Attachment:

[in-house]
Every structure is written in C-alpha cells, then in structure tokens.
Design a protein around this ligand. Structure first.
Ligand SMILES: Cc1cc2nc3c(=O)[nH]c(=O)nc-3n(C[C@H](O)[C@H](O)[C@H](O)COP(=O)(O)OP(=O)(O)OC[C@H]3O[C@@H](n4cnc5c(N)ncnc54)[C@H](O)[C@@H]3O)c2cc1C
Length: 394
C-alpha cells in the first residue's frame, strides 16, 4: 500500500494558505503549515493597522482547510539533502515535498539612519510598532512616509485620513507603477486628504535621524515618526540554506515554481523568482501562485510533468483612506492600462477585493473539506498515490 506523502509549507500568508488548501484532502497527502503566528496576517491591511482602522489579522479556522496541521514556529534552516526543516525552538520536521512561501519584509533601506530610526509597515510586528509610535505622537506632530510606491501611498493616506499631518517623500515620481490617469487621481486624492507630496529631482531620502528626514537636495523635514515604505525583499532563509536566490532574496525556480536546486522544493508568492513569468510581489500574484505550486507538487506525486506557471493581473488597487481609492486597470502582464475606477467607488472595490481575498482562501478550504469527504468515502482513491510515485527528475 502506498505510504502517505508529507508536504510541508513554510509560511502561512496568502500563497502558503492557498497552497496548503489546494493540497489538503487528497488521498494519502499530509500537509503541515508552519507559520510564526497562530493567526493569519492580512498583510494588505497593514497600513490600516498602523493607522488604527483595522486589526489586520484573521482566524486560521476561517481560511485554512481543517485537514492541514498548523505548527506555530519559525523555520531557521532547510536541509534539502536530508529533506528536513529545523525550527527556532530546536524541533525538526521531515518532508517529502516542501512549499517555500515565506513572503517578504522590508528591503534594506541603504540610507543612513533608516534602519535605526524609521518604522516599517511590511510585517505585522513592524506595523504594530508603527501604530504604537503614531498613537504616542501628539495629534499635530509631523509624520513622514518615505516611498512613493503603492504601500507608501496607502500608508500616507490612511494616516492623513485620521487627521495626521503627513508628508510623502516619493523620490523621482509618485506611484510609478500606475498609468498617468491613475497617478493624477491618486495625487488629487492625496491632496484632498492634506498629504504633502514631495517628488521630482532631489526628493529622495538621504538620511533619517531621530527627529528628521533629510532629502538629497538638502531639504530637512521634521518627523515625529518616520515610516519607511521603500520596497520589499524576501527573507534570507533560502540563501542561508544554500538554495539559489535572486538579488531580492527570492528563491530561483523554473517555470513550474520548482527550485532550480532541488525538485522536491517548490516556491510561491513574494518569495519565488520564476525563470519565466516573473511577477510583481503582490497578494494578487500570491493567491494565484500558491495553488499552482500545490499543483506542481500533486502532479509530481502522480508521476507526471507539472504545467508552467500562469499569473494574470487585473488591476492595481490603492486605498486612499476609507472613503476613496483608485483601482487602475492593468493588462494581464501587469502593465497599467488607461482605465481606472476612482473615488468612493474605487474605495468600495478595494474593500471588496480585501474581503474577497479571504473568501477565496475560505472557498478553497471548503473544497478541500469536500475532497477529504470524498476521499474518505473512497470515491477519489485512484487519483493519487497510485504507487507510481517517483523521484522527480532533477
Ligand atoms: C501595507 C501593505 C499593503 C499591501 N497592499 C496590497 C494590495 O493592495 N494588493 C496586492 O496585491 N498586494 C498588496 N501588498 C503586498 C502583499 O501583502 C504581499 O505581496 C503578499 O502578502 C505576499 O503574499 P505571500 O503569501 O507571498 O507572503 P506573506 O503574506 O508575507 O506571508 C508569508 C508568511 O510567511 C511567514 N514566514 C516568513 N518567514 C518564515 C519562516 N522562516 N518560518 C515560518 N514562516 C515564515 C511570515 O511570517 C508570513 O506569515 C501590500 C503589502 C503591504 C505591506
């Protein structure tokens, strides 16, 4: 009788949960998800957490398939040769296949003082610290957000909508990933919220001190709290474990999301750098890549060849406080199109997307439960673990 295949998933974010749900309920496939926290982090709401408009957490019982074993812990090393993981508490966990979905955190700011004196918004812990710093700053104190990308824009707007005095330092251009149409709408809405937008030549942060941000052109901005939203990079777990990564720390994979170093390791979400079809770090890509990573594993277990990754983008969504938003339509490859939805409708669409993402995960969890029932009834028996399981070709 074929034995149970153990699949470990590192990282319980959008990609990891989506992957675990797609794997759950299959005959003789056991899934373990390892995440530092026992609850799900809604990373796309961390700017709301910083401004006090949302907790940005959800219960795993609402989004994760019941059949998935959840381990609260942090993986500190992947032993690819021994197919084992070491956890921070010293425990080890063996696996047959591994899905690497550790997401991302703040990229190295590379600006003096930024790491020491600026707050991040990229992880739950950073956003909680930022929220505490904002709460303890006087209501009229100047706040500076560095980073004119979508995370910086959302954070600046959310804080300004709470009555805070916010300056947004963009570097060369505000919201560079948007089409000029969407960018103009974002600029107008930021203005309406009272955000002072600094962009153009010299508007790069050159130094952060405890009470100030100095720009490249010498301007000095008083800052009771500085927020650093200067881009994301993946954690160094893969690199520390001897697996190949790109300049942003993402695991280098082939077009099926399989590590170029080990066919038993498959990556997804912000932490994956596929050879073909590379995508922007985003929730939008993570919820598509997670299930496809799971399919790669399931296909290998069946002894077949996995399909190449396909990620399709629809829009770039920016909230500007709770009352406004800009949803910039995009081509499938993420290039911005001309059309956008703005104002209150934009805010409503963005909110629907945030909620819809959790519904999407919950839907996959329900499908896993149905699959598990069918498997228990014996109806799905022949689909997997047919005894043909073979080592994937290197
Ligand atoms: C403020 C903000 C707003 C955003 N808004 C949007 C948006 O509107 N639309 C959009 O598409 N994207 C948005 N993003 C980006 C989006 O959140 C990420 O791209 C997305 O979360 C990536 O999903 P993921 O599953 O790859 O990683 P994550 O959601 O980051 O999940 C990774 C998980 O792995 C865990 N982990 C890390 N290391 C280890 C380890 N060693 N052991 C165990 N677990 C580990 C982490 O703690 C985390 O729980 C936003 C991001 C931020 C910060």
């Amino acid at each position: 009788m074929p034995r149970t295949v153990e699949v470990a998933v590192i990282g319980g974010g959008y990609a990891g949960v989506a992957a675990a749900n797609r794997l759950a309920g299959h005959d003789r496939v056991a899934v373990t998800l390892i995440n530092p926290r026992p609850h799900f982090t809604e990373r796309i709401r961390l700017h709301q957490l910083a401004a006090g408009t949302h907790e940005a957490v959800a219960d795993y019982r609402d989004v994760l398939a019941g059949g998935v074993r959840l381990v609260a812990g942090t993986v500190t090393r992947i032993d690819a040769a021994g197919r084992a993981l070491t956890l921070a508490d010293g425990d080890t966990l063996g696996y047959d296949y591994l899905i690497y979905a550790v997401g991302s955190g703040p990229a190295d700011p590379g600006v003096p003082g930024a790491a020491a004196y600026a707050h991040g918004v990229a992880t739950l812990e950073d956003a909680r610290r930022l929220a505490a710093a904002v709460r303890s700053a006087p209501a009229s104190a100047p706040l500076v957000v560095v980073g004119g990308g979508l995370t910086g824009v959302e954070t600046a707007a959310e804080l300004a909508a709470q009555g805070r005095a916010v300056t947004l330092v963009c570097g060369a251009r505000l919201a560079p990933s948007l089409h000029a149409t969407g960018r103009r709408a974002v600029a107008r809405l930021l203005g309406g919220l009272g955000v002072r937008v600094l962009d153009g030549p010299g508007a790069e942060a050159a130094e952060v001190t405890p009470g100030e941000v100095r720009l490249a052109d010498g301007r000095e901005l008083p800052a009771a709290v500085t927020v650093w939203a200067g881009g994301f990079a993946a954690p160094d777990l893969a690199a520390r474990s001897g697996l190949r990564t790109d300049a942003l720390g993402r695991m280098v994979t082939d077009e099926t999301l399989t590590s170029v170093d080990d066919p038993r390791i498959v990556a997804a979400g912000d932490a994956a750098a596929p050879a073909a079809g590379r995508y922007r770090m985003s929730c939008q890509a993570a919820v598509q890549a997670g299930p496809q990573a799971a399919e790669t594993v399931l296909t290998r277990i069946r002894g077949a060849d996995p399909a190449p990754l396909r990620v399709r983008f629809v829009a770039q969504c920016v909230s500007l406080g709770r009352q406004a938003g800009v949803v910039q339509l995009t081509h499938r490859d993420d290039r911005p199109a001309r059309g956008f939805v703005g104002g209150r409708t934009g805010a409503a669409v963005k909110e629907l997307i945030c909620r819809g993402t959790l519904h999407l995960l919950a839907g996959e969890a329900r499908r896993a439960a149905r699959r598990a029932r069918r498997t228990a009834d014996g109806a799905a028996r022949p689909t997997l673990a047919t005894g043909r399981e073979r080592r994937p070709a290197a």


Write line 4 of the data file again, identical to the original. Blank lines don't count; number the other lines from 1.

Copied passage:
Ligand SMILES: Cc1cc2nc3c(=O)[nH]c(=O)nc-3n(C[C@H](O)[C@H](O)[C@H](O)COP(=O)(O)OP(=O)(O)OC[C@H]3O[C@@H](n4cnc5c(N)ncnc54)[C@H](O)[C@@H]3O)c2cc1C